AN arson attack on a church in Israel revered as the site of a miracle by Jesus Christ is part of a deepening cycle of violence against Christians, according to a Holy Land bishop who fears worse is to come. Auxiliary Bishop William Shomali of the Latin Patriarchate of Jerusalem said the attack on Thursday, 18th June) on the Catholic Church of the Multiplication of the Loaves close to the Sea of Galilee increases his concerns that extremist Jews are out to target other faith communities, notably Christians.
A Benedictine monk and a visitor to the site in Tabgha were treated for smoke inhalation following the blaze which badly damaged buildings constructed on the site believed to be where Christ performed the miracle of the feeding of the five thousand.
In a message to Catholic charity Aid to the Church in Need which helped build an oratory on the site, Bishop Shomali said the incident increased his fears that extremist Jews "are increasing in number and in the degree of intolerance". He said: "There is a real escalation in the anti-Christian violence, from a small fire which leaves little damage to a bigger fire and finally to an arson which intends to produce great damage and even killing. We are allowed to ask: what will happen next?"
A souvenir shop, an office for pilgrims and a meeting room were reportedly badly damaged in the blazed, which destroyed Bibles and prayer books.
The words "all idols will be smashed" - an extract from a Jewish prayer - was sprayed in red paint on a wall outside the church.
There were no reports of any damage to the oratory Aid to the Church in Need helped to build in 2012 and which forms part of a Benedictine monastery next to the church.
Within hours of the blaze, the Israeli government condemned the violence. Israeli President Reuven Rivlin stated: "Such terrible desecration of an ancient and holy place of prayer is an attack on the very fabric of life in our country. Israel, as a state and a society, is obligated to protect and preserve the holy sites, for all faiths."
Thanking the regime for its swift response, Bishop Shomali said: "I am inclined to think that the act is perpetrated by a very small and aggressive group. I cannot put all Israelis in the same basket, since there are the liberal and intolerant Jews, those who are less [tolerant] and finally those who hate the non-Jews. My fear is that these radicals are increasing in number and in the degree of intolerance."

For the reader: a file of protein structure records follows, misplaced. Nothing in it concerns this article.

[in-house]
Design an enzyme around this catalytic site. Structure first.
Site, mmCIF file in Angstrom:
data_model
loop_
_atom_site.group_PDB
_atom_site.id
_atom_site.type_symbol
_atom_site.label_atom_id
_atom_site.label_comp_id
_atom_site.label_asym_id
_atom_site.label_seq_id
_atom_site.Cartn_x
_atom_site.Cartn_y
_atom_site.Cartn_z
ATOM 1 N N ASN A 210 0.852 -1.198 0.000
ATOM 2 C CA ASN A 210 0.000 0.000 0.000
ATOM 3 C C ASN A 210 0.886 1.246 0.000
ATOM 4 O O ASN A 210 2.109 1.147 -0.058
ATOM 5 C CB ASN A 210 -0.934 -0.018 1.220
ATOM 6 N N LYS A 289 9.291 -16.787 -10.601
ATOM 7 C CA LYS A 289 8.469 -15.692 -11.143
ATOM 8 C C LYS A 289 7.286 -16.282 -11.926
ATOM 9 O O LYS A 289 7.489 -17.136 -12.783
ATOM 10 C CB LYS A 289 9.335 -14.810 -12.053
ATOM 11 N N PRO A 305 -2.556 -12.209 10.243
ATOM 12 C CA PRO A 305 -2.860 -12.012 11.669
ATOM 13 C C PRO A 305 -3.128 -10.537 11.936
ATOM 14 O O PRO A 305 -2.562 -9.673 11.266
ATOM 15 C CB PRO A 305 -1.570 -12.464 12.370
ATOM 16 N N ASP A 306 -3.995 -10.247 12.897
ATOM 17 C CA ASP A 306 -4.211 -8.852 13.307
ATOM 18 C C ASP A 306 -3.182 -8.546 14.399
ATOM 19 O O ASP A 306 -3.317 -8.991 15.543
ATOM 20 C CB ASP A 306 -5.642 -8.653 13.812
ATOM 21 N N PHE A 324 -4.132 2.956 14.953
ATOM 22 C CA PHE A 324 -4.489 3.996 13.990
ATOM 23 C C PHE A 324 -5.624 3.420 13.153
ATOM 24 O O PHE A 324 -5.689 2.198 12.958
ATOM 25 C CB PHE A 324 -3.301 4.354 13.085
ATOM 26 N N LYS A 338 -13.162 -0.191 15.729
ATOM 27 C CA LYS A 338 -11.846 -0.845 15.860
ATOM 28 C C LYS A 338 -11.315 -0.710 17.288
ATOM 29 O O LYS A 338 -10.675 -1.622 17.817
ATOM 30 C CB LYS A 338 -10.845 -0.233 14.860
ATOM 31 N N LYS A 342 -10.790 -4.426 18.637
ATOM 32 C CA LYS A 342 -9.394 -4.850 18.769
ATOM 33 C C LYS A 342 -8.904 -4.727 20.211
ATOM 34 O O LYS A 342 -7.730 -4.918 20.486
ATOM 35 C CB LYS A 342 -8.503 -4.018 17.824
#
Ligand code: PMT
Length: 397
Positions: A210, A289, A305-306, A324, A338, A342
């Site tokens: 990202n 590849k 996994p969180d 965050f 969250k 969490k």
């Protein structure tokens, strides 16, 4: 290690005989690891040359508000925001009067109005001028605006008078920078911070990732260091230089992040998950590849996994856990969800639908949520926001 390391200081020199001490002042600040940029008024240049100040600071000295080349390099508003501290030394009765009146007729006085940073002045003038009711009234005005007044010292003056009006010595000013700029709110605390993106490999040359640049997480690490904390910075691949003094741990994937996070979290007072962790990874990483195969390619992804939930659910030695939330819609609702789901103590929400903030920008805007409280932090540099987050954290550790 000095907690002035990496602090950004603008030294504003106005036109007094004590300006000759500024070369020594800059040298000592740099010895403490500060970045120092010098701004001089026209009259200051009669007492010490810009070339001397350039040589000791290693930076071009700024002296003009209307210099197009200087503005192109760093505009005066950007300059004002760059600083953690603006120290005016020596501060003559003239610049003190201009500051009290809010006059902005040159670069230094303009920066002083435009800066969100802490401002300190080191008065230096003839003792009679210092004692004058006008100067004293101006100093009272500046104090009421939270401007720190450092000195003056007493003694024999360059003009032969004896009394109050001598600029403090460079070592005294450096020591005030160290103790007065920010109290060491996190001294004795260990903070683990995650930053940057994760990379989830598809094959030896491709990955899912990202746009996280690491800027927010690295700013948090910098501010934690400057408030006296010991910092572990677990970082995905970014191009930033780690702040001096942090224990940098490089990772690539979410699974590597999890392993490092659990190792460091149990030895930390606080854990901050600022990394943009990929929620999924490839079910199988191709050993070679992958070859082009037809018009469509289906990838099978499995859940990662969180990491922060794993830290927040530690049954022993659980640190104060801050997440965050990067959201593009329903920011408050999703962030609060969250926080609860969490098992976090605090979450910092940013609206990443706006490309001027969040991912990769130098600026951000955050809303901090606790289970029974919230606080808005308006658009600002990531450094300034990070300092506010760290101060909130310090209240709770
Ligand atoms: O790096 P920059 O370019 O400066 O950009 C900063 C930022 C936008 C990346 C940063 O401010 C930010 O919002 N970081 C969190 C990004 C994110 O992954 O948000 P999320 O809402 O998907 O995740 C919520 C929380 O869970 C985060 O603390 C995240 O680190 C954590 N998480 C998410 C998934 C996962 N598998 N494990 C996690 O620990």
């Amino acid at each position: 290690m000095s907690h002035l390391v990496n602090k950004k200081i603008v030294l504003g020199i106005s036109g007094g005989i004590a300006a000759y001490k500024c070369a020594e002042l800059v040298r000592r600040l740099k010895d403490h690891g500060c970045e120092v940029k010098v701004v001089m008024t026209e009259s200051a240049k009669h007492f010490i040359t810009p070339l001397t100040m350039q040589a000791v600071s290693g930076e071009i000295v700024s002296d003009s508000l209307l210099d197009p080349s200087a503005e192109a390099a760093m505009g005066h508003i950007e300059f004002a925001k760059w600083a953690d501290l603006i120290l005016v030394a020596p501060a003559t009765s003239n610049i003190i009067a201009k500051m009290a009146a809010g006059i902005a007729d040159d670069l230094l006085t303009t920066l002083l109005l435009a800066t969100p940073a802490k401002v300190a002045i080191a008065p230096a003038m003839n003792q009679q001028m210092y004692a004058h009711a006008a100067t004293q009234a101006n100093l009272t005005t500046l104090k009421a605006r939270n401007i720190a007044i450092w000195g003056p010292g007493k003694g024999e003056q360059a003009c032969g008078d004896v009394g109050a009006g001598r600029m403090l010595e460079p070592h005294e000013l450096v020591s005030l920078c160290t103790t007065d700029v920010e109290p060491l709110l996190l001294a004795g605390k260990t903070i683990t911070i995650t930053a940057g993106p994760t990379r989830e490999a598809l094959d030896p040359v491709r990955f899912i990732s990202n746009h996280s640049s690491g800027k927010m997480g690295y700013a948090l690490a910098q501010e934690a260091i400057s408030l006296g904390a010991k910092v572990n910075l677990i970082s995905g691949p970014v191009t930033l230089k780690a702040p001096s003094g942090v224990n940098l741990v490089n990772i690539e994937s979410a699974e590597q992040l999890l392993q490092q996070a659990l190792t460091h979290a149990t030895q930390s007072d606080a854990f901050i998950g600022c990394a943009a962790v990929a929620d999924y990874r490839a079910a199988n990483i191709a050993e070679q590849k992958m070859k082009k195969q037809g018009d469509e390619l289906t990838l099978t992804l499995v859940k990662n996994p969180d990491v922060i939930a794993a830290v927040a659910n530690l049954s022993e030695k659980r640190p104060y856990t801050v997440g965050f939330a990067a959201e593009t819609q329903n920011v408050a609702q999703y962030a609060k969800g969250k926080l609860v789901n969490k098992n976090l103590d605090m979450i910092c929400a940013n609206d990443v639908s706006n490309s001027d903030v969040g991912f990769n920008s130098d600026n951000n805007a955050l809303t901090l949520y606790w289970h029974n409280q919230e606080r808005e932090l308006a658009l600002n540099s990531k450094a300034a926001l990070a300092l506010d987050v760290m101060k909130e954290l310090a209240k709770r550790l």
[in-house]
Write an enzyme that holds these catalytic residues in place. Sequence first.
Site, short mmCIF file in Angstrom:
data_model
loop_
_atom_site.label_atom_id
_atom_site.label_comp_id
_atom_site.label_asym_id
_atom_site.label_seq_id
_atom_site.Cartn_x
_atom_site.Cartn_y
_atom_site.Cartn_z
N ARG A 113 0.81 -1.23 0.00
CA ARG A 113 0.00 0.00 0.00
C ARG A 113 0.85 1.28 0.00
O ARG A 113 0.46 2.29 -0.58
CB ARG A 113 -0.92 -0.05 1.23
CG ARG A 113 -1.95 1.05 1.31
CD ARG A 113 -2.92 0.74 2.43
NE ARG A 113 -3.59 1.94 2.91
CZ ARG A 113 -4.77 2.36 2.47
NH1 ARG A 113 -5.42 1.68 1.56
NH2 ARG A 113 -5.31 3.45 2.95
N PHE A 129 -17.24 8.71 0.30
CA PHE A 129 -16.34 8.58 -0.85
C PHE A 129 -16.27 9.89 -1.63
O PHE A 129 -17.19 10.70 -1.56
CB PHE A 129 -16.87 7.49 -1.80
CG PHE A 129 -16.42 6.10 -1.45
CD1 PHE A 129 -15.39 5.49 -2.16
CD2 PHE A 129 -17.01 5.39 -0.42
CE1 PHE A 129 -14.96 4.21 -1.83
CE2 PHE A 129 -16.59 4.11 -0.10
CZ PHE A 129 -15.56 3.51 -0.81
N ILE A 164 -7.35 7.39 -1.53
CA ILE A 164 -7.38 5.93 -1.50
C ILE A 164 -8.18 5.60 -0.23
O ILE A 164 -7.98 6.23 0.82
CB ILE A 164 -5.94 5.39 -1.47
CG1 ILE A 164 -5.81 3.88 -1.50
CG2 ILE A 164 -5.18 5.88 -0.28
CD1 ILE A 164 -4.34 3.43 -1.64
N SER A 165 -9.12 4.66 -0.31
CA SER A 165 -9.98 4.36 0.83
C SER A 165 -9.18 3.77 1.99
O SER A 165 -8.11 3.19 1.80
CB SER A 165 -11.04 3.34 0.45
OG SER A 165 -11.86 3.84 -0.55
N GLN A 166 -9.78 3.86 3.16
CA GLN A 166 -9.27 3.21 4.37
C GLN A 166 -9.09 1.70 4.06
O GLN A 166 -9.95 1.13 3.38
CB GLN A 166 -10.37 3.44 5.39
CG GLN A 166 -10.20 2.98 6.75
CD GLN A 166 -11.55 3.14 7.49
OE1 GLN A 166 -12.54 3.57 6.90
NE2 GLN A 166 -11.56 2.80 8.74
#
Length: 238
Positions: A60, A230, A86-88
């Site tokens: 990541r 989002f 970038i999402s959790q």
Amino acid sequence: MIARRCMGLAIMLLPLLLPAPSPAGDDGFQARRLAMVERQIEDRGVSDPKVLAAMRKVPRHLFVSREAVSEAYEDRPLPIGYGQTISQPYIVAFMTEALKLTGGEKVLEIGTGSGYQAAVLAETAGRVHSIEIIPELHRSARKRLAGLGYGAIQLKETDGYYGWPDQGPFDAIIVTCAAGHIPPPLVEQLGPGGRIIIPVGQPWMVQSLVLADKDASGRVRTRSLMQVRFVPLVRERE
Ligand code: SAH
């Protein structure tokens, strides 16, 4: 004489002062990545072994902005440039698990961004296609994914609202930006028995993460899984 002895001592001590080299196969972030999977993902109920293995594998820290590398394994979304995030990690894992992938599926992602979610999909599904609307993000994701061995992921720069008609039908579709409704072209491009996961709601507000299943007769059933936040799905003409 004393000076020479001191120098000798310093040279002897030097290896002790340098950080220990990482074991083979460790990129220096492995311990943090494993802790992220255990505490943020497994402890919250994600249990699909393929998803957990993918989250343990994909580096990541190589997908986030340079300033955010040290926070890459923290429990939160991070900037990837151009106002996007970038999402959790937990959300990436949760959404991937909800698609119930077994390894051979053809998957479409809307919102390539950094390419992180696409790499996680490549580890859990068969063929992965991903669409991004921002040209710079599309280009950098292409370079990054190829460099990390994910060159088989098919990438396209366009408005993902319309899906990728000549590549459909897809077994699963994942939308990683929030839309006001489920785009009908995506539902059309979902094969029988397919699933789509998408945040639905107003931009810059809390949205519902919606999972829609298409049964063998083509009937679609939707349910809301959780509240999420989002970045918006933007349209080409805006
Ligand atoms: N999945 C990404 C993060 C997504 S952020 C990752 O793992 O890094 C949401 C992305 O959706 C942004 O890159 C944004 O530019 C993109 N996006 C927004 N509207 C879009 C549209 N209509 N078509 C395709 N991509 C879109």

Meantime, the Catholic bishops of the Holy Land issued a joint statement last night saying that they and all the Christians in the region were "deeply shocked" by the attack on the Tabgha church.
The bishops stated: "It is another act of violence perpetrated by intolerant and unscrupulous individuals that damages the image of the Holy Land, offends Christians in the country and the Church as a whole and distresses the idea of a state that defines itself as democratic, tolerant and secure."
The statement highlighted that this was the second attack on the church, reporting that young extremist Jews had desecrated crosses and an altar there in April 2014.
The bishops stated that a month later a blaze broke out in reportedly suspicious circumstances at Jerusalem's Benedictine Dormition Abbey on Mount Zion.
The fire, which took place close to where Christ reportedly held the Last Supper, started a few minutes after the site had been visited by Pope Francis during his Holy Land trip.
Aid to the Church in Need helped fund a new monastery attached to the Church of the Multiplication of the Loaves. The building replaced one erected in the 1950s which had become unsafe as it had inadequate foundations in an earthquake zone.
ACN helped build an oratory within the monastery enabling the monks to pray quietly away from the main church which becomes noisy with the many pilgrims going there.